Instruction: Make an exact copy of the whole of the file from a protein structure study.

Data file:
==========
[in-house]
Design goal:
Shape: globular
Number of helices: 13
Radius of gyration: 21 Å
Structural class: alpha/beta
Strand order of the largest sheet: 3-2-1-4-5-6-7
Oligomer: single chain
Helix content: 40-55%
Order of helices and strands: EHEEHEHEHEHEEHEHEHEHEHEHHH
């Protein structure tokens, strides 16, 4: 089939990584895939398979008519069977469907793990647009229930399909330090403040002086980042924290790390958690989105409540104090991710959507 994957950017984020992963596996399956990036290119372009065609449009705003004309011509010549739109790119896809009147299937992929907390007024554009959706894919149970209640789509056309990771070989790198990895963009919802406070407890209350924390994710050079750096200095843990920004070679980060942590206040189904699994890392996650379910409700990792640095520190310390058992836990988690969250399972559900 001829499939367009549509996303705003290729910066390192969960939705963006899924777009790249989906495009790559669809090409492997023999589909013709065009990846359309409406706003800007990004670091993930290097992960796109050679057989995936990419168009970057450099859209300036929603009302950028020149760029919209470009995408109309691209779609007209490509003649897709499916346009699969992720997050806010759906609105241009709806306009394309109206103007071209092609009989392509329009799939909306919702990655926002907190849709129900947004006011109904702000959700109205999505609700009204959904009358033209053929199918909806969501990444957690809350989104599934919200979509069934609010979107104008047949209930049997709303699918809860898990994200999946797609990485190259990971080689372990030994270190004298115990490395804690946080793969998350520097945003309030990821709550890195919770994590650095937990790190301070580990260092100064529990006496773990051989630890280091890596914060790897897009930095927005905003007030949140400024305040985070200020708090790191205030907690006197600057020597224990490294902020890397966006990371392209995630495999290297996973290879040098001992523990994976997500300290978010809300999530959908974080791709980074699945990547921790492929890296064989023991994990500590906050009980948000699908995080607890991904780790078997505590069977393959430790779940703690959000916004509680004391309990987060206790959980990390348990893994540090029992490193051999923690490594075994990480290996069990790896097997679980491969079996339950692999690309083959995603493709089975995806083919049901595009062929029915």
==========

[in-house]
Design goal:
Shape: globular
Number of helices: 13
Radius of gyration: 21 Å
Structural class: alpha/beta
Strand order of the largest sheet: 3-2-1-4-5-6-7
Oligomer: single chain
Helix content: 40-55%
Order of helices and strands: EHEEHEHEHEHEEHEHEHEHEHEHHH
């Protein structure tokens, strides 16, 4: 089939990584895939398979008519069977469907793990647009229930399909330090403040002086980042924290790390958690989105409540104090991710959507 994957950017984020992963596996399956990036290119372009065609449009705003004309011509010549739109790119896809009147299937992929907390007024554009959706894919149970209640789509056309990771070989790198990895963009919802406070407890209350924390994710050079750096200095843990920004070679980060942590206040189904699994890392996650379910409700990792640095520190310390058992836990988690969250399972559900 001829499939367009549509996303705003290729910066390192969960939705963006899924777009790249989906495009790559669809090409492997023999589909013709065009990846359309409406706003800007990004670091993930290097992960796109050679057989995936990419168009970057450099859209300036929603009302950028020149760029919209470009995408109309691209779609007209490509003649897709499916346009699969992720997050806010759906609105241009709806306009394309109206103007071209092609009989392509329009799939909306919702990655926002907190849709129900947004006011109904702000959700109205999505609700009204959904009358033209053929199918909806969501990444957690809350989104599934919200979509069934609010979107104008047949209930049997709303699918809860898990994200999946797609990485190259990971080689372990030994270190004298115990490395804690946080793969998350520097945003309030990821709550890195919770994590650095937990790190301070580990260092100064529990006496773990051989630890280091890596914060790897897009930095927005905003007030949140400024305040985070200020708090790191205030907690006197600057020597224990490294902020890397966006990371392209995630495999290297996973290879040098001992523990994976997500300290978010809300999530959908974080791709980074699945990547921790492929890296064989023991994990500590906050009980948000699908995080607890991904780790078997505590069977393959430790779940703690959000916004509680004391309990987060206790959980990390348990893994540090029992490193051999923690490594075994990480290996069990790896097997679980491969079996339950692999690309083959995603493709089975995806083919049901595009062929029915």